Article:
Japanese Startup Evaluates Space Debris Defense Using Ground-Based Fusion Laser

Japanese Startup Evaluates Space Debris Defense Using Ground-Based Fusion Laser

The Japanese startup EX-Fusion intends to test a ground-based fusion laser system to “capture, remove, or push out” objects functioning in Earth’s orbit, a move that might completely redefine space safety.

EX-Fusion stated in a statement that they intend to deploy ground-based laser systems to address the rising issue of space debris, which is a major concern for international space agencies and satellite operators. The announcement also marked the beginning of a relationship with the Australian company EOS Space Systems.

According to a news release from EX-Fusion, “the amount of space debris around the Earth has increased significantly in recent years, leading to catastrophic collisions with valuable space assets essential to life on Earth, such as telecommunications, finance, location, and navigation.” “Using optical ground stations with high-power laser systems to remove or redirect space debris and prevent these catastrophic collisions is one effective strategy for mitigating the space debris problem.”

Space debris, which includes spent rocket parts, crashed satellite fragments, and retired satellites, is a serious threat to crewed space missions, operating satellites, and the International Space Station.

Currently, the U.S. military tracks objects in orbit larger than 10 cm, but smaller, more difficult-to-detect bits are becoming a greater hazard. According to estimations from the European Space Agency (ESA), there are currently around 175 million space debris particles, with sizes ranging from 1 mm to 1 cm, floating around Earth’s orbit.

As to the European Space Agency (ESA), a spacecraft might be rendered inoperable or the International Space Station’s protective shields could be breached by a collision with a 1 centimeter piece of space debris. A normal satellite would experience “catastrophic fragmentation” upon impact from an item that is 10 cm or greater.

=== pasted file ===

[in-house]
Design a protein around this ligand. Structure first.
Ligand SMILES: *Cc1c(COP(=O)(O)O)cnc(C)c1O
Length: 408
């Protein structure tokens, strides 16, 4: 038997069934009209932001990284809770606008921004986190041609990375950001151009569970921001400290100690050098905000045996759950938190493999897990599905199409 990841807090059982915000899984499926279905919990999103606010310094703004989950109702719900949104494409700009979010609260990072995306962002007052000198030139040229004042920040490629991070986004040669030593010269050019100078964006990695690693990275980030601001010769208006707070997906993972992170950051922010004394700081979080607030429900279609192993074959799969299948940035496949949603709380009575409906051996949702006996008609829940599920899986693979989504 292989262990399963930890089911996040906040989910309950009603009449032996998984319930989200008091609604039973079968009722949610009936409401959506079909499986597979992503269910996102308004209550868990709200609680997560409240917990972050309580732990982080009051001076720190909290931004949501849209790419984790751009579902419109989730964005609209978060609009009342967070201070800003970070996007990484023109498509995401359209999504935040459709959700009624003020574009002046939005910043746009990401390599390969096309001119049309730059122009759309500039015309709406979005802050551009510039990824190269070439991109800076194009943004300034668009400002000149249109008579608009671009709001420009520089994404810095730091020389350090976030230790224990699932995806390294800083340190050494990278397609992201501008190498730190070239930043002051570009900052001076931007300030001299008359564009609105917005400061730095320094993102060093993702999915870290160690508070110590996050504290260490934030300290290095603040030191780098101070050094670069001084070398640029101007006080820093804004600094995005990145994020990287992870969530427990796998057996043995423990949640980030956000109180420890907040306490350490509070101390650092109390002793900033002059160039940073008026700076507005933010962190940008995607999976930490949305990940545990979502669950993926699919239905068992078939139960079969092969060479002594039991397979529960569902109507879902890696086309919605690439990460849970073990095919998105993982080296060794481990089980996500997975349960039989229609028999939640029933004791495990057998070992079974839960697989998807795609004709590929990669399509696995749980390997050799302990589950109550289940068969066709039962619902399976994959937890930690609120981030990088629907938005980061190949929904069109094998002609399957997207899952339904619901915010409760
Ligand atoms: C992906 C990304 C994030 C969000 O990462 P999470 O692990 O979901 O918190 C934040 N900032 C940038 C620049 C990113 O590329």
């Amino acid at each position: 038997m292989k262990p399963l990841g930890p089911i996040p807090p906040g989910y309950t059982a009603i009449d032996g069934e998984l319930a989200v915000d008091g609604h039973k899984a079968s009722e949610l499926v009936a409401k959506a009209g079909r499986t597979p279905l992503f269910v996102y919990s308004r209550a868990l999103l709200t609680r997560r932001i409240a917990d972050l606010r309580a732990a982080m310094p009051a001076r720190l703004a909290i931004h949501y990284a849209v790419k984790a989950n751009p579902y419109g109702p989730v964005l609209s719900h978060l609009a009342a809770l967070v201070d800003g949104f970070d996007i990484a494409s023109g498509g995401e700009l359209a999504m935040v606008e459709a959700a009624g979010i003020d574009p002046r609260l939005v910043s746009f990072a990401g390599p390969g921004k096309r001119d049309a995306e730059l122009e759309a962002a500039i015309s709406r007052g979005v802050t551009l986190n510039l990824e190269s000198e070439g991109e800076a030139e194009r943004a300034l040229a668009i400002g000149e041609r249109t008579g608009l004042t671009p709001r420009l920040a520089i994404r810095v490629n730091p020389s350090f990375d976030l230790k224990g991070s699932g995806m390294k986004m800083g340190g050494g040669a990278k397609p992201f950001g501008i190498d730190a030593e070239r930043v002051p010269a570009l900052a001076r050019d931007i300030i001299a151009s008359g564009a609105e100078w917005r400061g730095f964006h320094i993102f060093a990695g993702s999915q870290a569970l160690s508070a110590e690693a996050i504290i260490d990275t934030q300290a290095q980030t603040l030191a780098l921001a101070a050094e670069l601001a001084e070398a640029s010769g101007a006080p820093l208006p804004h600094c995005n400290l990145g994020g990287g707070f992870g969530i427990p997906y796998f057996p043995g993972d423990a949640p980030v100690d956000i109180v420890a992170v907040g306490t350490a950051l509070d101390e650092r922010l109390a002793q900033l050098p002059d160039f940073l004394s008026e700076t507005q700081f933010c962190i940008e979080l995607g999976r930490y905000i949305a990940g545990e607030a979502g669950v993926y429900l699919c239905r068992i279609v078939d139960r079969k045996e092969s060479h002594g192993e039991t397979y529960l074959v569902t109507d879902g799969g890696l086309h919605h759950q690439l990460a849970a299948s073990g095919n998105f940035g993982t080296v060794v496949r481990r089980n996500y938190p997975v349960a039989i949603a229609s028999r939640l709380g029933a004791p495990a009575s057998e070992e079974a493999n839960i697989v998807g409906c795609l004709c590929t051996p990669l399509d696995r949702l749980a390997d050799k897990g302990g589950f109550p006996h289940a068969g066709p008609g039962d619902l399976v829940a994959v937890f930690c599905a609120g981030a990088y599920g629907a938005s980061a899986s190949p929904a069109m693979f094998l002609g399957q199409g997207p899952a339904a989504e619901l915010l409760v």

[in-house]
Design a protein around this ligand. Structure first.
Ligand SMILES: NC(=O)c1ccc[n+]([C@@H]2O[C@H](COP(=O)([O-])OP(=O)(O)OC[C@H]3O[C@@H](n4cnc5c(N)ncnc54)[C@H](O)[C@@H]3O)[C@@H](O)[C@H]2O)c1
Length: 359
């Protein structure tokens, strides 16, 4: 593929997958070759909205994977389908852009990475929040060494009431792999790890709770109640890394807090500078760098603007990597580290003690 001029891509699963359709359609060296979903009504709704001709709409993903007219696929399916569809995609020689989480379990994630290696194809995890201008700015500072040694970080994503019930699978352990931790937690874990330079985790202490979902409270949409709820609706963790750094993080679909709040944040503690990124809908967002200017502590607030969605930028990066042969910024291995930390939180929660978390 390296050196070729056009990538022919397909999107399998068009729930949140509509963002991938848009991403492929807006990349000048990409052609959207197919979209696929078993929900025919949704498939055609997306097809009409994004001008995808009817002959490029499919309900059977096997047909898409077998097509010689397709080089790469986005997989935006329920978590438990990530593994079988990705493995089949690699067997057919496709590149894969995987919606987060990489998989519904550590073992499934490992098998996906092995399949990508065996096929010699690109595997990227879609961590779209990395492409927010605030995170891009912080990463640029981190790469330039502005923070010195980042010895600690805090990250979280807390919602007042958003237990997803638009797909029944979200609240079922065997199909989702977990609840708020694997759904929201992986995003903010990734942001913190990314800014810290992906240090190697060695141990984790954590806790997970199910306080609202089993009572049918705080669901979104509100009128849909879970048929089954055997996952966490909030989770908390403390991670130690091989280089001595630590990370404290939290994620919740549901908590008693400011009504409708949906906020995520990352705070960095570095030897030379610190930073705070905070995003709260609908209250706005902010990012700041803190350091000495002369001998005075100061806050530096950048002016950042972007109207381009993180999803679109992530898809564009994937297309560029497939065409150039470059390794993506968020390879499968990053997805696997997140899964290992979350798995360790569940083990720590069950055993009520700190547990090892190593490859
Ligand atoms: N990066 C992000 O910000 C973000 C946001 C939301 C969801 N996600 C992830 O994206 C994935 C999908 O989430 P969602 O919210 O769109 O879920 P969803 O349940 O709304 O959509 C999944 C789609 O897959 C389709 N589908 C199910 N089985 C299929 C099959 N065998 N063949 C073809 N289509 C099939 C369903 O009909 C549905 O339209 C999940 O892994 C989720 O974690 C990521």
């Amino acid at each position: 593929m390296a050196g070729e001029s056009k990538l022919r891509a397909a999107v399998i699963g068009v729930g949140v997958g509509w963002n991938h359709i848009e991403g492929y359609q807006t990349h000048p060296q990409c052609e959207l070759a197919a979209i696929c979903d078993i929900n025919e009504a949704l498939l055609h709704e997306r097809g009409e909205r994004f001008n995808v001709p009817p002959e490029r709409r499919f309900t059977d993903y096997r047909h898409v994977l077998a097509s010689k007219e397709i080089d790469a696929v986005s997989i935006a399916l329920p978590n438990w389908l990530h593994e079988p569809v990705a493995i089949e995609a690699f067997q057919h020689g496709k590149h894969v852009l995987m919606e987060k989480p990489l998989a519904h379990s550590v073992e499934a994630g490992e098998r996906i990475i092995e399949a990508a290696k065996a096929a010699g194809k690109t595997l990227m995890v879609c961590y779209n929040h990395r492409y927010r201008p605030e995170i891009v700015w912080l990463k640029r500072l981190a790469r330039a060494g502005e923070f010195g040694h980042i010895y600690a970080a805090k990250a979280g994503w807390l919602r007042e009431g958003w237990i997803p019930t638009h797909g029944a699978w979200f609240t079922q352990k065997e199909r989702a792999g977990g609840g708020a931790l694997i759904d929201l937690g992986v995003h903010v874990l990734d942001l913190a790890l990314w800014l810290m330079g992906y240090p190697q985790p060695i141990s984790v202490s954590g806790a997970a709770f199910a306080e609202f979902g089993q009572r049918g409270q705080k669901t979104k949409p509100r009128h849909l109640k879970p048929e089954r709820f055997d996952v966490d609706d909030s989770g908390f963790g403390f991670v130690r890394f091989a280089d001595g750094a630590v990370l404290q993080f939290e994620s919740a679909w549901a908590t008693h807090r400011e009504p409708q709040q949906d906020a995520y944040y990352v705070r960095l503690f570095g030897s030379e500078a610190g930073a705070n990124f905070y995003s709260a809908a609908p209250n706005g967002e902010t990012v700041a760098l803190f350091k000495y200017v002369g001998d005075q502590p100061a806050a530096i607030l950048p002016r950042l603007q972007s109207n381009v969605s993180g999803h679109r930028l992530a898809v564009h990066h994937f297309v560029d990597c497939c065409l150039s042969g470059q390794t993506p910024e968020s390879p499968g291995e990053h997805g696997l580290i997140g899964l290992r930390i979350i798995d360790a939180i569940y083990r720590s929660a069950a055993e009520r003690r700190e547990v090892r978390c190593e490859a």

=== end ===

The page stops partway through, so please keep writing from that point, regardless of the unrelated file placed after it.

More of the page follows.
The need to address the issue of space debris, including enforcement against space litterbugs, has grown as the number of space-related activities increases globally.

The U.S. Federal Communications Commission (FCC) fined Dish Network $150,000 in October 2023 for improperly deorbiting its EchoStar-7 satellite. This was the first time an enforcement action had been taken against a firm for its role in the expanding space debris issue.

It is not a new idea to employ lasers to combat space junk. NASA stated in October 2023 that it will be working with West Virginia University (WVU) to create a system of space lasers that will protect spacecraft from deadly collisions with space debris.

“Our goal is to develop a network of reconfigurable space-based lasers, along with a suite of algorithms,” Hang Woon Lee, the director of the Space Systems Operations Research Laboratory at WVU, explained in a press release. “Those algorithms will be the enabling technology that makes such a network possible and (to) maximize its benefits.”

Unlike previous satellite-based laser solutions, however, EX-Fusion intends to use its laser technological know-how to target space trash from the ground up.

Nikkei Asia, a Japanese news site, reports that EX-Fusion plans to test its technology by deploying a powerful fusion laser at the observatory outside Canberra, Australia, which is run by EOS Space Systems.